“White privilege refers to the myriad of social advantages, benefits, and courtesies that come with being a member of the dominant race.” (Delgado and Stefancic, 87) White privilege “makes goals more accessible. It makes harms more avoidable. While it does not ensure that every white person will win, it makes it harder to lose.” (Bridges, 195)
Examples of white privilege include greater ease securing a loan or favorable terms for a loan, lower likelihood of being stopped by police while driving or walking somewhere, and better rates of maternal and infant mortality. (Bridges, 196) White privilege accumulates in part because “characteristics that white people have considered important have become the standards against which all people are judged.” (Bridges, 198)
Because most institutions in society today were built by white people with white people in mind, they reflect white norms. As a result … white norms have been structured into society – placing all white people, who are better situated than nonwhite people to behave consistently with these norms, in a favorable position. (Bridges, 198-199)
This should not lead to the “mistaken conclusion that the possession of white privilege equals the possession of a charmed life.” (Bridges, 201) “White people are a varied group, and the racial privilege that any one individual enjoys will depend on his social circumstance.” (Bridges, 208)
Intersectionality is “the interaction between gender, race, and other categories of difference in individual lives, social practices, institutional arrangements, and cultural ideologies and the outcomes of these interactions in terms of power.” (Bridges, 233) Put more simply, it is “the examination of race, sex, class, national origin, and sexual orientation, and how their combination plays out in various settings. These categories – and still others – can be separate disadvantaging factors.” (Delgado and Stefancic, 57)
Through this lens, the racial discrimination that a Black woman experiences in her life will be different from the racial discrimination that a Black man may experience in his because of the additional dimension of gender. Intersectionality has an “interest in ‘a politics of social location’” and offers “a theoretical lens that could redress [the] limitations” of ways of approaching systematic oppression based on broad categorizations of diverse groups of people, such as antiracism and feminism. (Bridges, 235, 238)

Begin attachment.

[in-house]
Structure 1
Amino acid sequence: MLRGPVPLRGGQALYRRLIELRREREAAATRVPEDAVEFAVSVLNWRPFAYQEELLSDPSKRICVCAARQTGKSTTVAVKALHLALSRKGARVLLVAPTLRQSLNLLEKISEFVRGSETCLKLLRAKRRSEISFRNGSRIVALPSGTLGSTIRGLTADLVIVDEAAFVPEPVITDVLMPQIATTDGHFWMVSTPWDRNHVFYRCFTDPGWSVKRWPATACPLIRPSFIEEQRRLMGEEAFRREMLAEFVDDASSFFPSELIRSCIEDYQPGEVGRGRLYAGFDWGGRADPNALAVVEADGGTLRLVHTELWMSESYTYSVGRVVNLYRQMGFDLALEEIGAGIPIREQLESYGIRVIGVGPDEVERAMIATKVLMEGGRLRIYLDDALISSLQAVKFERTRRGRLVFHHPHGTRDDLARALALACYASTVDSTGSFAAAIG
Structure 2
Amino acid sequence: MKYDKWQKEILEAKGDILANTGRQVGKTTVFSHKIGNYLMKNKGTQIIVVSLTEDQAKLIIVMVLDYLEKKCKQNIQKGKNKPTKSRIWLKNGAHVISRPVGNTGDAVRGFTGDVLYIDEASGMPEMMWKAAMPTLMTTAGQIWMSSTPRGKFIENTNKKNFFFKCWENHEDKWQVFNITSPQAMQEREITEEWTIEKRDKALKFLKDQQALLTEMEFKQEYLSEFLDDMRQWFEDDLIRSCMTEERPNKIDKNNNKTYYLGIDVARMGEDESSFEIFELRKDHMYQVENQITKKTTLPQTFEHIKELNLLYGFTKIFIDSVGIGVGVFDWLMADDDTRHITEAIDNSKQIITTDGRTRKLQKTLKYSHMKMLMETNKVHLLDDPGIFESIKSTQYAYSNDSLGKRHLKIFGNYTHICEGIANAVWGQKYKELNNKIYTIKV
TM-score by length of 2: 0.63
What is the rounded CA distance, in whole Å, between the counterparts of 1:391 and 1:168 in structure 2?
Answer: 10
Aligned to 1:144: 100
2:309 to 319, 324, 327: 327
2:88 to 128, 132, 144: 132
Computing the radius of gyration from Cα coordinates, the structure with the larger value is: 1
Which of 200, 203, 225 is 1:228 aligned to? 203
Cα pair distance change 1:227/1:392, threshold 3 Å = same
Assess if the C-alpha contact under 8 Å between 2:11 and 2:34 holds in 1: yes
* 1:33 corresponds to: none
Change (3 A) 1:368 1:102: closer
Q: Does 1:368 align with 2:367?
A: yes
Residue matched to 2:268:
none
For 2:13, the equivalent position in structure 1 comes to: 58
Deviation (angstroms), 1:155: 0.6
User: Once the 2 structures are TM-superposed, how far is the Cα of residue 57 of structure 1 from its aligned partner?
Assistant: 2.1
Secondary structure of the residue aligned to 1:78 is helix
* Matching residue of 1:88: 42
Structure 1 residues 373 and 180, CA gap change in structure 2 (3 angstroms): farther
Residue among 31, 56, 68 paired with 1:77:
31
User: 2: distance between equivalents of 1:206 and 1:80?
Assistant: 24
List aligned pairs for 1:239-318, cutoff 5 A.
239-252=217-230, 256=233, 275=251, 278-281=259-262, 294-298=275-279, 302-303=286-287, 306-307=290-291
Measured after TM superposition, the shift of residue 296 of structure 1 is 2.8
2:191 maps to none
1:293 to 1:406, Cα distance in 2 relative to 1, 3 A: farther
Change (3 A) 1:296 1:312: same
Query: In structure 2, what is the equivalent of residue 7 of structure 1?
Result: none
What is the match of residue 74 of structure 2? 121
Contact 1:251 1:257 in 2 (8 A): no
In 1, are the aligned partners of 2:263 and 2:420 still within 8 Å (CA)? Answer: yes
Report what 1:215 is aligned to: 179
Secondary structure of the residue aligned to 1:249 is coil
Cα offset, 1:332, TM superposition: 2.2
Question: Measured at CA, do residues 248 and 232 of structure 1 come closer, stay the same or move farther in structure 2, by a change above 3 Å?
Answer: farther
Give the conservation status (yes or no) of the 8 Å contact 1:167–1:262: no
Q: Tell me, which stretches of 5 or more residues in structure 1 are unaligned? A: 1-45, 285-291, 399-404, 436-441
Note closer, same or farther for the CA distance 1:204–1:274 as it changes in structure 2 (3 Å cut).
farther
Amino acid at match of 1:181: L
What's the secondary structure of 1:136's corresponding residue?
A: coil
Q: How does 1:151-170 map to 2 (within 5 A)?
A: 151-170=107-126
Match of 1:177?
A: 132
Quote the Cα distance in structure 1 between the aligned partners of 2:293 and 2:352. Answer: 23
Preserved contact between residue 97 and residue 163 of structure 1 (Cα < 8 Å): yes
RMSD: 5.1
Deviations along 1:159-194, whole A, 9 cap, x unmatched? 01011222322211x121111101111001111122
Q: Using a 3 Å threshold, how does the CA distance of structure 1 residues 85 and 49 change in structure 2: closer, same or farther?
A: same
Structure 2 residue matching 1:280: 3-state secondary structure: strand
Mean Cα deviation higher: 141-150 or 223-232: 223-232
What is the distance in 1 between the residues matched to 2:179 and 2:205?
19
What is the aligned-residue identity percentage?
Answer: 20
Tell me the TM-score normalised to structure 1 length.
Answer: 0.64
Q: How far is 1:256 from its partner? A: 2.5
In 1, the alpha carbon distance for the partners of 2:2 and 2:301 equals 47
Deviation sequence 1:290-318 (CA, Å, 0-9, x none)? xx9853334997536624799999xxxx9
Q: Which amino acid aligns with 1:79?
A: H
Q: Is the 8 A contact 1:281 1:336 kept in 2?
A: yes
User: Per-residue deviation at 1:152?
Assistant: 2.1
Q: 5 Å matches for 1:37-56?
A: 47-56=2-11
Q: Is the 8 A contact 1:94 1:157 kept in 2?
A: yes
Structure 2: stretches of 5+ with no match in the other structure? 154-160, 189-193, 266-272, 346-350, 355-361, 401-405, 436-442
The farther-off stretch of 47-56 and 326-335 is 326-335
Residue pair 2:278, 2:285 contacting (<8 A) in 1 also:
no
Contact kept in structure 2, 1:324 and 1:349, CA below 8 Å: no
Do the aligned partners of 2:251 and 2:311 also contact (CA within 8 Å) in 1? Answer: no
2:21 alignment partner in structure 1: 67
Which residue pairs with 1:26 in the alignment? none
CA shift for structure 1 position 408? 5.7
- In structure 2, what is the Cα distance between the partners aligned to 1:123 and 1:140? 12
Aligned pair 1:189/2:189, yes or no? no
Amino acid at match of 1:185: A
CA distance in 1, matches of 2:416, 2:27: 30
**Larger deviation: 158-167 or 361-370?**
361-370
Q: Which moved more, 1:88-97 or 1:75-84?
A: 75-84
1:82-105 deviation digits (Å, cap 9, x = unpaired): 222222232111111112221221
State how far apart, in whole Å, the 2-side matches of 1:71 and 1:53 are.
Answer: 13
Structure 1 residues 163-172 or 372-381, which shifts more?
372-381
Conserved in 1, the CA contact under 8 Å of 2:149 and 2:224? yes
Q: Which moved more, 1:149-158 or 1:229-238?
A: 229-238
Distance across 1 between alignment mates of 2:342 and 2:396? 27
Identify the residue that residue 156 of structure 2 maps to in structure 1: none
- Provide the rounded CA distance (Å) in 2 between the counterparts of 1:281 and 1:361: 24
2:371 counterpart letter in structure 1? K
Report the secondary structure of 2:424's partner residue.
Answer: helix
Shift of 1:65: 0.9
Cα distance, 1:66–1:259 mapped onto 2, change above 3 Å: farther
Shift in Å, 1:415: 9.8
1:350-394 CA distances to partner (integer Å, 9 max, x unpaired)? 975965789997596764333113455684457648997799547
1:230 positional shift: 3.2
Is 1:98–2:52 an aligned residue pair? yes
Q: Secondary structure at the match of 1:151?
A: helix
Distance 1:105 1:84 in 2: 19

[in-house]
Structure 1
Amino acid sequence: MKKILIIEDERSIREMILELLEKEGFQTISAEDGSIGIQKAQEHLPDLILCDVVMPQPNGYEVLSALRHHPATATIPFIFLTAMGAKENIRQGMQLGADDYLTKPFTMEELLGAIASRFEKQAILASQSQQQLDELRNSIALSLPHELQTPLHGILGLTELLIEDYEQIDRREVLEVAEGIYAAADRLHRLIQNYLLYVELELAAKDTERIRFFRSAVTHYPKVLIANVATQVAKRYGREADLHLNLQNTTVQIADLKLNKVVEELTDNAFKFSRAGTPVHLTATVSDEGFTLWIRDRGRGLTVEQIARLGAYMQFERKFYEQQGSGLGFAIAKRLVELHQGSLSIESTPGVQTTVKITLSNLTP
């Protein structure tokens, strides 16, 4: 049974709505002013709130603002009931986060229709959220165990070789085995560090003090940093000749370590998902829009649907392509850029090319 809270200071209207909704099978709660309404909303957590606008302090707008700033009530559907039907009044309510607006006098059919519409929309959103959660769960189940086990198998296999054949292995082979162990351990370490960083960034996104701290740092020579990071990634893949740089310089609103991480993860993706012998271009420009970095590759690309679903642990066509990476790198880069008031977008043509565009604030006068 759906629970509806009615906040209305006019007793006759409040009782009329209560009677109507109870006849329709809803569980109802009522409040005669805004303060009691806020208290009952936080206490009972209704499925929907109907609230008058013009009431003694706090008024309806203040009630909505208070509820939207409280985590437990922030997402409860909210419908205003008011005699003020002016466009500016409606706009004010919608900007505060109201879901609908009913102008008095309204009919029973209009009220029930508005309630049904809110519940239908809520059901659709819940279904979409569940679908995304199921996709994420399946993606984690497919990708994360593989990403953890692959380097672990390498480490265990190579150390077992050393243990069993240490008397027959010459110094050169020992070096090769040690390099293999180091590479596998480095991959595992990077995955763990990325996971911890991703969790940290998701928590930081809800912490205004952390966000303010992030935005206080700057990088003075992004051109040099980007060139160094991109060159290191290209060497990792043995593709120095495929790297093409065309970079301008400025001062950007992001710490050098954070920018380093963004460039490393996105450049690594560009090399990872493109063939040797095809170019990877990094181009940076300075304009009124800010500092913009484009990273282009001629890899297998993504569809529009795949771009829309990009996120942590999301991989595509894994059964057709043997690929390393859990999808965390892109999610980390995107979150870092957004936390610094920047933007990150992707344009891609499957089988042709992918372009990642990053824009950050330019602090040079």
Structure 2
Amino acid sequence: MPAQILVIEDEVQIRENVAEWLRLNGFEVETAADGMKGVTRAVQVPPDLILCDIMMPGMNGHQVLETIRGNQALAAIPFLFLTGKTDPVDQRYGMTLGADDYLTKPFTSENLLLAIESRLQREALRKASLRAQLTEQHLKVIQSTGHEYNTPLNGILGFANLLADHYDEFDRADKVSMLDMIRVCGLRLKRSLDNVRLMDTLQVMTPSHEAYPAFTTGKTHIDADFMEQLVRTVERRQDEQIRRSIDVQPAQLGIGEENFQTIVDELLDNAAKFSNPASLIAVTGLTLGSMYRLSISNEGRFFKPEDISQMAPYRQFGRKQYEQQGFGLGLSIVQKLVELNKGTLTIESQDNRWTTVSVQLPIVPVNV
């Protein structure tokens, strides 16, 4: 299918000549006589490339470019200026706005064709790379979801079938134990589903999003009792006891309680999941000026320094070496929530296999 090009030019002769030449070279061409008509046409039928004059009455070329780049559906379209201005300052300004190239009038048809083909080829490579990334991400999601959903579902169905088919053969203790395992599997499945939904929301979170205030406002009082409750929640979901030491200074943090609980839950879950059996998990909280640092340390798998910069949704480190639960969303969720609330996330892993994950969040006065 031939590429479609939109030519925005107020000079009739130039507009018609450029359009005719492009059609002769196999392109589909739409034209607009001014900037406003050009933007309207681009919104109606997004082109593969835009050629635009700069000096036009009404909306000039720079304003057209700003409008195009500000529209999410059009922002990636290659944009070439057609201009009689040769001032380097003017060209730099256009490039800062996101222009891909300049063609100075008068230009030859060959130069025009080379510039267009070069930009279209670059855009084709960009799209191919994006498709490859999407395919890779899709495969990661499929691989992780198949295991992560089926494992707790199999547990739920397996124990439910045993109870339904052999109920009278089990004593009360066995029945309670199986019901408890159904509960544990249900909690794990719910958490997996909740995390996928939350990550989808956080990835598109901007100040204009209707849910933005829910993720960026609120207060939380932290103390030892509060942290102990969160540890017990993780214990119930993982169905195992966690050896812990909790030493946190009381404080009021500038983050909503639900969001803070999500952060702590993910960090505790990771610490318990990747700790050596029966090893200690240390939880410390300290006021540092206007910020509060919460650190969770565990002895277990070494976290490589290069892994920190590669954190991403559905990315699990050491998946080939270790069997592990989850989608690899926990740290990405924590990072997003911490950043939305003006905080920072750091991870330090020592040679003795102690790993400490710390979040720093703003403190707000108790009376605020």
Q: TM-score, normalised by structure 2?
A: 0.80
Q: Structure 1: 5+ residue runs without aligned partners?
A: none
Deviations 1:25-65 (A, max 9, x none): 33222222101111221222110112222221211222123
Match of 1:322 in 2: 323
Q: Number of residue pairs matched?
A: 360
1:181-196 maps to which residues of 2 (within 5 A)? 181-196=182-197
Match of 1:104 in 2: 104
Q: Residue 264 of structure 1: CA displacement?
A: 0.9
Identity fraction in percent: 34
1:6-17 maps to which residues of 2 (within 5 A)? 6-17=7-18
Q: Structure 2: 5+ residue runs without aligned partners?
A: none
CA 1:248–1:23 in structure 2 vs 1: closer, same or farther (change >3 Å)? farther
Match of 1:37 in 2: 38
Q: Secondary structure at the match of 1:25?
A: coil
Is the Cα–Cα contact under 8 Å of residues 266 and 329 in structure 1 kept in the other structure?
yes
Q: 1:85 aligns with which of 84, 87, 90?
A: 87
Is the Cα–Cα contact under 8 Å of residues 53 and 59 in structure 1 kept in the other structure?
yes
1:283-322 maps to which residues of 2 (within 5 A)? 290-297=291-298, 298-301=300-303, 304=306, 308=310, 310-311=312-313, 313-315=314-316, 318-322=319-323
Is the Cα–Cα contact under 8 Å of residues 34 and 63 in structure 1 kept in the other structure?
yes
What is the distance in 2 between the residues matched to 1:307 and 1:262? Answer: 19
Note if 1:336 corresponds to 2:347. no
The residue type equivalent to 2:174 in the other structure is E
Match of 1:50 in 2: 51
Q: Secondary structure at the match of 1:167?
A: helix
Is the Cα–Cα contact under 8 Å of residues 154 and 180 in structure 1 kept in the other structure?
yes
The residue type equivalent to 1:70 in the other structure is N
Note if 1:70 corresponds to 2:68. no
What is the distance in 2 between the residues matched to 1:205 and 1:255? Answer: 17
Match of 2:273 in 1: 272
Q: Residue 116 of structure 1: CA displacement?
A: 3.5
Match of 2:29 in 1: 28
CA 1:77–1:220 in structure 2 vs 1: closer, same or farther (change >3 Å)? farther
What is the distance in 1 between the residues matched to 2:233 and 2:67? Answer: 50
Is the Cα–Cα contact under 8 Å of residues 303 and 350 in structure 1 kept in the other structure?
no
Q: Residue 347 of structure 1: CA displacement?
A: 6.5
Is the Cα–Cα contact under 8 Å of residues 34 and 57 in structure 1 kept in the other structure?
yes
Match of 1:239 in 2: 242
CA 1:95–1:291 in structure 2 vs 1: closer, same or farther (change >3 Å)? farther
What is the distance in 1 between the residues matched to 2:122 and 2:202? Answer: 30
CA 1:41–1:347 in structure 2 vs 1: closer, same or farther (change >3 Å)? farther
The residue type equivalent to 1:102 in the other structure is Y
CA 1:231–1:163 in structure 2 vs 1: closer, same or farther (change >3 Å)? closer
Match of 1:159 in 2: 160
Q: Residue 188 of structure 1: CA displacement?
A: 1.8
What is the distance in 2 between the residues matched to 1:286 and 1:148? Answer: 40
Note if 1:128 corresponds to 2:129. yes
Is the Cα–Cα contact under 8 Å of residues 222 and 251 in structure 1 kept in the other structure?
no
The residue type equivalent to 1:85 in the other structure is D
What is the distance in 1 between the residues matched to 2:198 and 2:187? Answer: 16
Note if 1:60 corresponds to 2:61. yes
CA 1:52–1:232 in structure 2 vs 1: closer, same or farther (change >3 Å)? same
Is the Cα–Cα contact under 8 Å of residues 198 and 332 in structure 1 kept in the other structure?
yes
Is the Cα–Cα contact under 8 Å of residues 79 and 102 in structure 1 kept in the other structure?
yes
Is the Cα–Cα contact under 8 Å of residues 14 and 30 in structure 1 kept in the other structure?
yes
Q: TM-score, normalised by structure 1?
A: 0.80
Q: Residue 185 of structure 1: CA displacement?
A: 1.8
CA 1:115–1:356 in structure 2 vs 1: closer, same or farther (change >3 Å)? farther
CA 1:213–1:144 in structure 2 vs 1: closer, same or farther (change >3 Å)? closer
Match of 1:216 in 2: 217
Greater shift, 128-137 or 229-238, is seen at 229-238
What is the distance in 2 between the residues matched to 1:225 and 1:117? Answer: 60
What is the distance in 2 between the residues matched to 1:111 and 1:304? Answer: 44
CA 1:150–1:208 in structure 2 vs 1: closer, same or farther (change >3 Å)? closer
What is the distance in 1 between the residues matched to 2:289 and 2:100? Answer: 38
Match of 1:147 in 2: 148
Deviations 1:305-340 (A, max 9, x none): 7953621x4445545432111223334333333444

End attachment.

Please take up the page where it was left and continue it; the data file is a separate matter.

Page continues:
If we are going to understand if or how CRT may be influencing or entering public schools, we first must understand what we are looking for. The core concepts or basic tenets of CRT can ground that understanding, and those concepts are captured by the words of critical race theorists.
Importantly, CRT is a symptom of a larger problem in public education and social studies curriculum: insufficient and incomplete instruction in American history and civics. We must teach the truth; we must also teach the critical thinking skills necessary for students to understand the why and how of racial disparities. And we must teach America’s founding virtues, which offer the path to closing those disparities.
[i] All quotes in this post come from two books. Khiara M. Bridges, 2019, Critical Race Theory – A Primer, Foundation Press: St. Paul, Minnesota. Richard Delgado and Jean Stefancic, 2012, Critical Race Theory – An Introduction, 2nd edition, New York University Press: New York.